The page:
• COMM 162/262 (POLISCI 120B): Campaigns, Voting, Media, and Elections.  Professor Shanto Iyengar.
  • EASTASN 94/294: The Rise of China in World Affairs.  Alice Miller, 3-5 units.
  • ECON 1: Principles of Economics.  Professor John Taylor, 5 units
  • ECON 146: Economics of Education.  Professor Caroline Hoxby, 5 units.
  • ECON 341: Public Economics and Environmental Economics Seminar. Professor Michael Boskin, 5 units. [Prerequisite required].
  • ESF 17: What Can You Do for Your Country.  Professor Russell Berman, 5 units.
  • FINANCE 201.  Dr. Joshua Rauh, 3 units (also taught by Professor Peter DeMarzo and Professor Juliane Begenau).
  • FINANCE 377: China's Financial System.  Professor Darrell Duffie, 3 units. [Grad school course, professor’s consent required].
  • GLOBAL 104: Iranian Cuisine.  Professor Abbas Milani, 1 unit.
  • HISTORY 201C (INTNLREL 140C/140X): The U.S., U.N. Peacekeeping, and Humanitarian War.  Bertrand Patenaude, 4-5 units.
  • INTLPOL 256 (MS&E 193/293): Technology and National Security: Past, Present, and Future.  Dr. Herb Lin, 3-4 units.
  • INTLPOL 268: Hack Lab.  Alex Stamos, 3 units. (Also taught by Riana Pfefferkorn)
  • POLISCI 1: The Science of Politics.  Professor Justin Grimmer, 5 units.
  • POLISCI 19N: State-Building.  Professor Stephen Krasner, 3 units.
  • POLISCI 118P: U.S. Relations with Iran.  Professor Abbas Milani, 5 units.
  • POLISCI 220R/320R: The Presidency.  Professor Terry Moe, 3-5 units.
  • PUBLPOL 132/232: The Politics of Policy Making.  Lanhee Chen, 3 units

Winter Courses

  • CS 152: Trust and Safety Engineering.  Alex Stamos, 3 units.
  • EASTASN 97/297: The International Relations of Asia since World War II.  Alice Miller, 3-5 units.
  • ECON 162 (POLISCI 247A/347A): Games Developing Nations Play.  Professor Barry Weingast., 3-5 units.
  • ECON 341: Public Economics and Environmental Economics Seminar. Professor Michael Boskin, 5 units. [Prerequisite required].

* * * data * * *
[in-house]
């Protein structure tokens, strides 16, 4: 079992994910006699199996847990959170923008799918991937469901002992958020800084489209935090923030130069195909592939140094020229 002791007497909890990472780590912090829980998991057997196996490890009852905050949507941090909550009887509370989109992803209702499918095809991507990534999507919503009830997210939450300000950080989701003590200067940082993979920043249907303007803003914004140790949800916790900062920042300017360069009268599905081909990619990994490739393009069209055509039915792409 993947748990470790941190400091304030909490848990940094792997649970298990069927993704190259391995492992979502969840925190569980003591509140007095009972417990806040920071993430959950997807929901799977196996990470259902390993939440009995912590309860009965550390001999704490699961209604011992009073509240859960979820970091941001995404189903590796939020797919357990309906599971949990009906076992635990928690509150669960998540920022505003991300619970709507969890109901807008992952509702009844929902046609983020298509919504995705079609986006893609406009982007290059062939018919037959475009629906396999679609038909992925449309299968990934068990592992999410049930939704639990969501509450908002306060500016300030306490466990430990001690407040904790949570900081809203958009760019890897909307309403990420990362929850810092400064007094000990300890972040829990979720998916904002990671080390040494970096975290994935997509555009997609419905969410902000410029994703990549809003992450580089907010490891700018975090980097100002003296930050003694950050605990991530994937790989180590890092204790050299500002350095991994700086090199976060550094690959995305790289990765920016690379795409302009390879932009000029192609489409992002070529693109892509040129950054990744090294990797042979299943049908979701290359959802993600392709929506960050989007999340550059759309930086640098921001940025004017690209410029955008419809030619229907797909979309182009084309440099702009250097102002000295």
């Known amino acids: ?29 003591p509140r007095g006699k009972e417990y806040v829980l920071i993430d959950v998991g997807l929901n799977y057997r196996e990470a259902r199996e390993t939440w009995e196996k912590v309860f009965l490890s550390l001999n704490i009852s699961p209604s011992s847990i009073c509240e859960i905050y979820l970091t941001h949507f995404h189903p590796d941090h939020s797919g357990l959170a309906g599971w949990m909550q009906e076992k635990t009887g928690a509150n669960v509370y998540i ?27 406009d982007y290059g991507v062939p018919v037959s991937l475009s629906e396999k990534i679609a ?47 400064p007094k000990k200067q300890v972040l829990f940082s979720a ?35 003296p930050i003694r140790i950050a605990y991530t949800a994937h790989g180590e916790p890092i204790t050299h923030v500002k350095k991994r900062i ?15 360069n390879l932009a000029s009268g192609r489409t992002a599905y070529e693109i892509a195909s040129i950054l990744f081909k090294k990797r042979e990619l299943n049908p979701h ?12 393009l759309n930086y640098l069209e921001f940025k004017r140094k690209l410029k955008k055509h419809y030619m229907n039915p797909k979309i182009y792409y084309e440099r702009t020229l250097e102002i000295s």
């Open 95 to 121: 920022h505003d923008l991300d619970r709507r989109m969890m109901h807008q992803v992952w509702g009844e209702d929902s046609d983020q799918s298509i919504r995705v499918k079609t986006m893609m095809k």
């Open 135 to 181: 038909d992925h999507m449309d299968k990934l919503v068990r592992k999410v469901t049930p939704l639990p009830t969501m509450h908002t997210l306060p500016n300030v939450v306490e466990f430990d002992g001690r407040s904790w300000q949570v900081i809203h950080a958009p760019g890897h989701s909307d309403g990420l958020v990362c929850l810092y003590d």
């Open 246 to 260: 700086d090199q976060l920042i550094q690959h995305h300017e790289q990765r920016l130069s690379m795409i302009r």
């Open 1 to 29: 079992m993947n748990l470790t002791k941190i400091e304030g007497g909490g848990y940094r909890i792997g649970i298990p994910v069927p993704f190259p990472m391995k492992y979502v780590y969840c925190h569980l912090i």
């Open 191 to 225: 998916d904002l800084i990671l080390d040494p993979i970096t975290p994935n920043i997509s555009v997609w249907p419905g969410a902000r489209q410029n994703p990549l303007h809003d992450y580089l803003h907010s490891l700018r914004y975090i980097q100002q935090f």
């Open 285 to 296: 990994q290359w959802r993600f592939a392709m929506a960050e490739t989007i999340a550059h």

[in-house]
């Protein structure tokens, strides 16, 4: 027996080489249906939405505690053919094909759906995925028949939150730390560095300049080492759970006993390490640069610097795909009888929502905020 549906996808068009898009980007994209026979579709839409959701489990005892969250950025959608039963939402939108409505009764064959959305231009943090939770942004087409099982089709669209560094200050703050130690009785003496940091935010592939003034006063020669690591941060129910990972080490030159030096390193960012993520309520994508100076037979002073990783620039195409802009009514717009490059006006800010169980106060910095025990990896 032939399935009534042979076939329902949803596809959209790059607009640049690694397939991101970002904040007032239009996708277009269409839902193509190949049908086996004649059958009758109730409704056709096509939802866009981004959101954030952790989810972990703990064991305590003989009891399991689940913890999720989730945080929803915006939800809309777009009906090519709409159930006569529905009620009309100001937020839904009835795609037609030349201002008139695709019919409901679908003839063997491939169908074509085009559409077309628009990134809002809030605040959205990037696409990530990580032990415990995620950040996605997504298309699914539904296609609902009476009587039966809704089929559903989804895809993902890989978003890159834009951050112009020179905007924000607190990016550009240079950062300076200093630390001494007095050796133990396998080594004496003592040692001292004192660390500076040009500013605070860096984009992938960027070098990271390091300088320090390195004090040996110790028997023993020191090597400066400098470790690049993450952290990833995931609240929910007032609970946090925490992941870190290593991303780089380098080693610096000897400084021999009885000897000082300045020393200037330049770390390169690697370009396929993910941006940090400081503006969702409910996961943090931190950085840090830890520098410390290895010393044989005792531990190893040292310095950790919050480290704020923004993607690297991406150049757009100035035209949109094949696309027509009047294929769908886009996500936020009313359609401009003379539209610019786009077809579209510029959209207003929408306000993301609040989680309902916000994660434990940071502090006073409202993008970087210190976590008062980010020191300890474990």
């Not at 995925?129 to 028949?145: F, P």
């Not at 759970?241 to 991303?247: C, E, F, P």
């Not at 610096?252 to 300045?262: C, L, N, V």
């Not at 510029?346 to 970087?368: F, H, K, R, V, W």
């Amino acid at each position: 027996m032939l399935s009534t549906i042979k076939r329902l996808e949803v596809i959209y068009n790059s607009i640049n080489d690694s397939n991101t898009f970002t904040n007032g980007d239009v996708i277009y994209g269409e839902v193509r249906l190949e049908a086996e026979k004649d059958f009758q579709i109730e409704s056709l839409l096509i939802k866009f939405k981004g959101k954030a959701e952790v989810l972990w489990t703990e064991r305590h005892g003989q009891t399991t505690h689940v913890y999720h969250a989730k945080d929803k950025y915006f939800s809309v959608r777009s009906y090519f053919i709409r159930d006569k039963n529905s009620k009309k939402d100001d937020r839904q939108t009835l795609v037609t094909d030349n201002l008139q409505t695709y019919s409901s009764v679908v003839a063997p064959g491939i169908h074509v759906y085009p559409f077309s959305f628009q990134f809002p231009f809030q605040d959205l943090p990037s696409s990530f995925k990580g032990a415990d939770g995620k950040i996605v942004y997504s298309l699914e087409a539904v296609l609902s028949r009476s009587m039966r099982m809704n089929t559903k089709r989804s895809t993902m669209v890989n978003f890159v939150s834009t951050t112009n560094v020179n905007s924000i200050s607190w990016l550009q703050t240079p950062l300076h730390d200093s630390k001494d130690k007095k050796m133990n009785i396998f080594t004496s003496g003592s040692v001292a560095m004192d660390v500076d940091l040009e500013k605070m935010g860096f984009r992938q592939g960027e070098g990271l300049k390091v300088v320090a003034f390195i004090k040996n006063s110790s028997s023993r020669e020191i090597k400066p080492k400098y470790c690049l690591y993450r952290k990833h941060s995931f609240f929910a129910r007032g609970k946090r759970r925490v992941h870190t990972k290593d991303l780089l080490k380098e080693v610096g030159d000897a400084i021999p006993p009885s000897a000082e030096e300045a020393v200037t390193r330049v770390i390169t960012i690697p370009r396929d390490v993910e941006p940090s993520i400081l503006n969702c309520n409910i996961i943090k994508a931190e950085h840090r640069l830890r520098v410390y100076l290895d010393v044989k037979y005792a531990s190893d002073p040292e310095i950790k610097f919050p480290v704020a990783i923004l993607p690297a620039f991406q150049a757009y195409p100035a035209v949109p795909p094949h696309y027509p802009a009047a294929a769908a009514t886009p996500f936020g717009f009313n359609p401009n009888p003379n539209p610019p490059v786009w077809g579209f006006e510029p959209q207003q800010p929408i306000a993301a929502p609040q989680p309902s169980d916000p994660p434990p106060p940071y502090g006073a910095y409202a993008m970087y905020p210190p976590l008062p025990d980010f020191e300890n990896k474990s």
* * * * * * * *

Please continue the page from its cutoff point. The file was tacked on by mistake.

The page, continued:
• HISTORY 224C/324C (JEWISHST 284C/384C, PEDS 224): Genocide and Humanitarian Intervention.  Bertrand Patenaude, 3 units.
  • HISTORY 226E/326E (PEDS 226): Famine in the Modern World.  Bertrand Patenaude, 3 units.
  • INTLPOL 321: Fundamentals of Cyber Policy and Security.  Andrew Grotto, 4-5 units.
  • POLISCI 1: The Science of Politics.  Professor Jonathan Rodden, 5 units.
  • POLISCI 220R/320R: The Presidency.  Professor Terry Moe, 3-5 units.
  • PUBLPOL 146/246 (COMM 153A/253A, POLISCI 72,): Policy, Politics and the 2020 Elections: What 2020 Means for Future Campaigns and Elections.  Lanhee Chen, 2 units.
  • PUBLPOL 308: Political Analysis for Public Policymakers.  Lanhee Chen, 4 units. [Also taught by Professor Bruce Cain]

Spring Courses

  • EASTASN 162/262: Seminar on the Evolution of the Modern Chinese State, 1550-Present.  Alice Miller, 3-5 units.
  • ECON 23N: Capitalism, Socialism and Democracy.  Professor Michael Boskin, 3 units.
  • ECON 43: Introduction to Financial Decision-Making.  Professor Michael Boskin, 5 units. (Also taught by Alex Gould and John B. Shoven)
  • ECON 341: Public Economics and Environmental Economics Seminar. Professor Michael Boskin, 5 units. [Prerequisite required].
  • EDUC 379: Moral, Civic, and Environmental Education.  Professor William Damon, 3 units.
  • HISTORY 150C (AFRICAAM 150C, AMSTUD 150C): The United States in the Twentieth Century.  Jennifer Burns, 5 units.
  • HISTORY 153 (LAW 7017): Creation of the Constitution.  Professor Michael McConnell, 5 units.
  • INTLPOL 240: Contemporary Issues in International Security.  H.R. McMaster, 4 units.
  • INTLPOL 259A: Research Seminar on Cybersecurity: Automotive Safety, Security, and Privacy.  Andrew Grotto, 2-4 units.
  • LAW 7012: Constitutional Law: Speech and Religion.  Professor Michael McConnell, 4 units. [Law students only].
  • POLISCI 149S: Islam, Iran, and the West.  Professor Abbas Milani, 5 units.
  • POLISCI 450C: Political Methodology III: Model-Based Inference.  Professor Justin Grimmer, 3-5 units.  [Prerequisites required]

Summer Courses

  • HISTORY 257/357E: History of Conservatism.  Professor Jennifer Burns, 5 units.